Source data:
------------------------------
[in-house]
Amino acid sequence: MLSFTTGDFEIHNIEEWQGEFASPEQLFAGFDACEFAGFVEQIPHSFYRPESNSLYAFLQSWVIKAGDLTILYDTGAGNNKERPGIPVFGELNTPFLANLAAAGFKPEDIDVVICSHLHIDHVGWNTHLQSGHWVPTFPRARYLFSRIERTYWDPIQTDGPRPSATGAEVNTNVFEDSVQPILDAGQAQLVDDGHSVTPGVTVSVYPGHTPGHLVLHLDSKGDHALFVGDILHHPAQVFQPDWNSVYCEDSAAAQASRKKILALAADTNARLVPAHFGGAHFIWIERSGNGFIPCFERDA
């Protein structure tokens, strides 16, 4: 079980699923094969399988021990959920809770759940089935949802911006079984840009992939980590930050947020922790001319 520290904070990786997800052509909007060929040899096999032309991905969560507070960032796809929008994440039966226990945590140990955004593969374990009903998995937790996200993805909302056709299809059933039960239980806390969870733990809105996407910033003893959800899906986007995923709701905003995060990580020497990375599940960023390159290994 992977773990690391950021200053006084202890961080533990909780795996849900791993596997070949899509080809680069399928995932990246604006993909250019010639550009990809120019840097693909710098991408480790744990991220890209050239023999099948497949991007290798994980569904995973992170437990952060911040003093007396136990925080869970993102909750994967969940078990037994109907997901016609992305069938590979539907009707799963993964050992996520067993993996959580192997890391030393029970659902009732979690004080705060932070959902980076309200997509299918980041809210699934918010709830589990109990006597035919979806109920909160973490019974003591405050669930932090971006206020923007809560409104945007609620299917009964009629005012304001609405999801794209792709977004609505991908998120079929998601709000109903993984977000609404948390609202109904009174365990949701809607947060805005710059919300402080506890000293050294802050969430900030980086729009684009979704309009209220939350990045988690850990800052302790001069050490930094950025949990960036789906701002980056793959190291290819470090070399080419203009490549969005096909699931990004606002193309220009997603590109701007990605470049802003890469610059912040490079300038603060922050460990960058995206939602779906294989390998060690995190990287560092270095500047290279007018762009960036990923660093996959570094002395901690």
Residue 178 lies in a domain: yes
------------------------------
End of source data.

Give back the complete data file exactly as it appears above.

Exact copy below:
[in-house]
Amino acid sequence: MLSFTTGDFEIHNIEEWQGEFASPEQLFAGFDACEFAGFVEQIPHSFYRPESNSLYAFLQSWVIKAGDLTILYDTGAGNNKERPGIPVFGELNTPFLANLAAAGFKPEDIDVVICSHLHIDHVGWNTHLQSGHWVPTFPRARYLFSRIERTYWDPIQTDGPRPSATGAEVNTNVFEDSVQPILDAGQAQLVDDGHSVTPGVTVSVYPGHTPGHLVLHLDSKGDHALFVGDILHHPAQVFQPDWNSVYCEDSAAAQASRKKILALAADTNARLVPAHFGGAHFIWIERSGNGFIPCFERDA
């Protein structure tokens, strides 16, 4: 079980699923094969399988021990959920809770759940089935949802911006079984840009992939980590930050947020922790001319 520290904070990786997800052509909007060929040899096999032309991905969560507070960032796809929008994440039966226990945590140990955004593969374990009903998995937790996200993805909302056709299809059933039960239980806390969870733990809105996407910033003893959800899906986007995923709701905003995060990580020497990375599940960023390159290994 992977773990690391950021200053006084202890961080533990909780795996849900791993596997070949899509080809680069399928995932990246604006993909250019010639550009990809120019840097693909710098991408480790744990991220890209050239023999099948497949991007290798994980569904995973992170437990952060911040003093007396136990925080869970993102909750994967969940078990037994109907997901016609992305069938590979539907009707799963993964050992996520067993993996959580192997890391030393029970659902009732979690004080705060932070959902980076309200997509299918980041809210699934918010709830589990109990006597035919979806109920909160973490019974003591405050669930932090971006206020923007809560409104945007609620299917009964009629005012304001609405999801794209792709977004609505991908998120079929998601709000109903993984977000609404948390609202109904009174365990949701809607947060805005710059919300402080506890000293050294802050969430900030980086729009684009979704309009209220939350990045988690850990800052302790001069050490930094950025949990960036789906701002980056793959190291290819470090070399080419203009490549969005096909699931990004606002193309220009997603590109701007990605470049802003890469610059912040490079300038603060922050460990960058995206939602779906294989390998060690995190990287560092270095500047290279007018762009960036990923660093996959570094002395901690």
Residue 178 lies in a domain: yes